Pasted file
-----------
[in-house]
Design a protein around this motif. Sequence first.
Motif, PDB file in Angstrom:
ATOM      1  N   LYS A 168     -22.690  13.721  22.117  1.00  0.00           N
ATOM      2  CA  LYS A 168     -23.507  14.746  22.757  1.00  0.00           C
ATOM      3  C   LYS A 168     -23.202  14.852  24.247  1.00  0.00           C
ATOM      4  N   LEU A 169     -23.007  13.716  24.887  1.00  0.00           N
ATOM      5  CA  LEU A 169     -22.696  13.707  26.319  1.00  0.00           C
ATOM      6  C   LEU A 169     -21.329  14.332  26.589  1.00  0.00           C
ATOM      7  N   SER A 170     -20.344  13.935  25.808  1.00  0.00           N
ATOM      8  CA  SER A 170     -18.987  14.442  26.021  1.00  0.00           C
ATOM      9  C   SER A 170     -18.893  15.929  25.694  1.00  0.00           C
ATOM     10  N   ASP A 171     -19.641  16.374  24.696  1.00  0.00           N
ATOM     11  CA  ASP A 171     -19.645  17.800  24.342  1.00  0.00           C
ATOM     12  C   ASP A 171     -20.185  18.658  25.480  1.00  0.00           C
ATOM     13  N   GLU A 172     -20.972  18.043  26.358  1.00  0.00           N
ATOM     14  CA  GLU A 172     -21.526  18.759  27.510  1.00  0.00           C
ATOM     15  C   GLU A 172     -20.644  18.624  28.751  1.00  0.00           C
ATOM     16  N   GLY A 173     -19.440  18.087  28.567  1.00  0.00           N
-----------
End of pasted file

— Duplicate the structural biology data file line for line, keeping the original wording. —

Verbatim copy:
[in-house]
Design a protein around this motif. Sequence first.
Motif, PDB file in Angstrom:
ATOM      1  N   LYS A 168     -22.690  13.721  22.117  1.00  0.00           N
ATOM      2  CA  LYS A 168     -23.507  14.746  22.757  1.00  0.00           C
ATOM      3  C   LYS A 168     -23.202  14.852  24.247  1.00  0.00           C
ATOM      4  N   LEU A 169     -23.007  13.716  24.887  1.00  0.00           N
ATOM      5  CA  LEU A 169     -22.696  13.707  26.319  1.00  0.00           C
ATOM      6  C   LEU A 169     -21.329  14.332  26.589  1.00  0.00           C
ATOM      7  N   SER A 170     -20.344  13.935  25.808  1.00  0.00           N
ATOM      8  CA  SER A 170     -18.987  14.442  26.021  1.00  0.00           C
ATOM      9  C   SER A 170     -18.893  15.929  25.694  1.00  0.00           C
ATOM     10  N   ASP A 171     -19.641  16.374  24.696  1.00  0.00           N
ATOM     11  CA  ASP A 171     -19.645  17.800  24.342  1.00  0.00           C
ATOM     12  C   ASP A 171     -20.185  18.658  25.480  1.00  0.00           C
ATOM     13  N   GLU A 172     -20.972  18.043  26.358  1.00  0.00           N
ATOM     14  CA  GLU A 172     -21.526  18.759  27.510  1.00  0.00           C
ATOM     15  C   GLU A 172     -20.644  18.624  28.751  1.00  0.00           C
ATOM     16  N   GLY A 173     -19.440  18.087  28.567  1.00  0.00           N